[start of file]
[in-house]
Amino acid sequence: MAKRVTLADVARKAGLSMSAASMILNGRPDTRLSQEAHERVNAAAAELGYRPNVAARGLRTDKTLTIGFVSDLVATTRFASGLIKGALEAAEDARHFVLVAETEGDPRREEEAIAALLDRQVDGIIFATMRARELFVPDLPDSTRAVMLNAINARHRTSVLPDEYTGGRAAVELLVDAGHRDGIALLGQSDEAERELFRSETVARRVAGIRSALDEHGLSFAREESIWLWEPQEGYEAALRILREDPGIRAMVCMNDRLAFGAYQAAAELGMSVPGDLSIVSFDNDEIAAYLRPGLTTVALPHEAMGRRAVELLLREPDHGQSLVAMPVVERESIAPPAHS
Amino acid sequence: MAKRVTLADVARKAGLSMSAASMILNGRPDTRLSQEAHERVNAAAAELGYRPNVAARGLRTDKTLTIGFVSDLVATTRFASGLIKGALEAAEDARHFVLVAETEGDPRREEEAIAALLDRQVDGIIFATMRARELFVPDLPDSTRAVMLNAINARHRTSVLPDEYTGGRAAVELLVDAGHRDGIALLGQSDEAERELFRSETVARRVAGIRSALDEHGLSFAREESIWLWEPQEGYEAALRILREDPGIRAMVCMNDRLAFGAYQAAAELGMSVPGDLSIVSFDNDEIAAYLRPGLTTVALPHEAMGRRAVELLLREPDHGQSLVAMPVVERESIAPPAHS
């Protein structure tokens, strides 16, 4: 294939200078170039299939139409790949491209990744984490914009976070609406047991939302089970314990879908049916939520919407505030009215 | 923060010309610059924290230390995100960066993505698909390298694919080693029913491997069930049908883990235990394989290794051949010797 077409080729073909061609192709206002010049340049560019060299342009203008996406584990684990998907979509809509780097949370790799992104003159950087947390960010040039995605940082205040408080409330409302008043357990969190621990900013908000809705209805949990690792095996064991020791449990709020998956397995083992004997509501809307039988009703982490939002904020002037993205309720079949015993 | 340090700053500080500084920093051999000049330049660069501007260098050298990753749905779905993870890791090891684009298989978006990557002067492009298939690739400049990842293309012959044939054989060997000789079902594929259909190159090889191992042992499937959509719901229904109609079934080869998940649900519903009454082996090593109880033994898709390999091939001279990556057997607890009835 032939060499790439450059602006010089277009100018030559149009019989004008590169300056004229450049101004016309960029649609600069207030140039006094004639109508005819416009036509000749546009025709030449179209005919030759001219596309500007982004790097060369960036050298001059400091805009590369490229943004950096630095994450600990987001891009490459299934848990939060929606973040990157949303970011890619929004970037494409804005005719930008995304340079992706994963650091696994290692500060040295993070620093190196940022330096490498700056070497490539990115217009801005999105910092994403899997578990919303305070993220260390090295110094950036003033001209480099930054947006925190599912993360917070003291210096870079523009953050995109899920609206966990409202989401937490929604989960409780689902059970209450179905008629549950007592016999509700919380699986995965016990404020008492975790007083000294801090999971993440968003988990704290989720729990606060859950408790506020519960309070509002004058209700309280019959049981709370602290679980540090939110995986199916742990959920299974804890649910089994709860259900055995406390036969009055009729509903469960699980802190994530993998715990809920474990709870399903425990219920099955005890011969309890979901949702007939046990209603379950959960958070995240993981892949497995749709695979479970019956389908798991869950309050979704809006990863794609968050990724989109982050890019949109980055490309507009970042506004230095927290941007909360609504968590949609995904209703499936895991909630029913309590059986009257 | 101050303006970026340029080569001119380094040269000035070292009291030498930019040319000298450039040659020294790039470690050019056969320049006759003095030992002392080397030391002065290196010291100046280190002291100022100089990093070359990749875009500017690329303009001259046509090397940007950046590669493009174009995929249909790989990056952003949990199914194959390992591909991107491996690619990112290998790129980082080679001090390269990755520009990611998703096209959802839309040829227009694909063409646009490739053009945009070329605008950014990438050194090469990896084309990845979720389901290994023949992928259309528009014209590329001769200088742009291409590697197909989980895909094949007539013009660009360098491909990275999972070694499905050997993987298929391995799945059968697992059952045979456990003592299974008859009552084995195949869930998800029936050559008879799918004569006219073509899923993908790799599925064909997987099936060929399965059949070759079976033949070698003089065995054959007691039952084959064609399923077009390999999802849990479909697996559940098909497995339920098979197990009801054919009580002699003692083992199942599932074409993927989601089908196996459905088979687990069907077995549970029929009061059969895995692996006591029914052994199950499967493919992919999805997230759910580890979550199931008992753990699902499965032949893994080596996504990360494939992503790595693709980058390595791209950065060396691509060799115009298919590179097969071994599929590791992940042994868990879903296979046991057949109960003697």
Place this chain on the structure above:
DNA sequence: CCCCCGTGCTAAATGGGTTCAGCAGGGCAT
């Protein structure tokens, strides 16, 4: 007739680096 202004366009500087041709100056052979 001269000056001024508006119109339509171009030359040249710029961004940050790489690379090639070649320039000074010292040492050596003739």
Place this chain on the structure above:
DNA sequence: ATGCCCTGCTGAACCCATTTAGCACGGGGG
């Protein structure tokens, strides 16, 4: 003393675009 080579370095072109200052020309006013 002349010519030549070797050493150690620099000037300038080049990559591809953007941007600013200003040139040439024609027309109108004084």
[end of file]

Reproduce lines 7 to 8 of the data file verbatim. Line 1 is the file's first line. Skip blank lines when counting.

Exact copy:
């Protein structure tokens, strides 16, 4: 007739680096 202004366009500087041709100056052979 001269000056001024508006119109339509171009030359040249710029961004940050790489690379090639070649320039000074010292040492050596003739």
Place this chain on the structure above: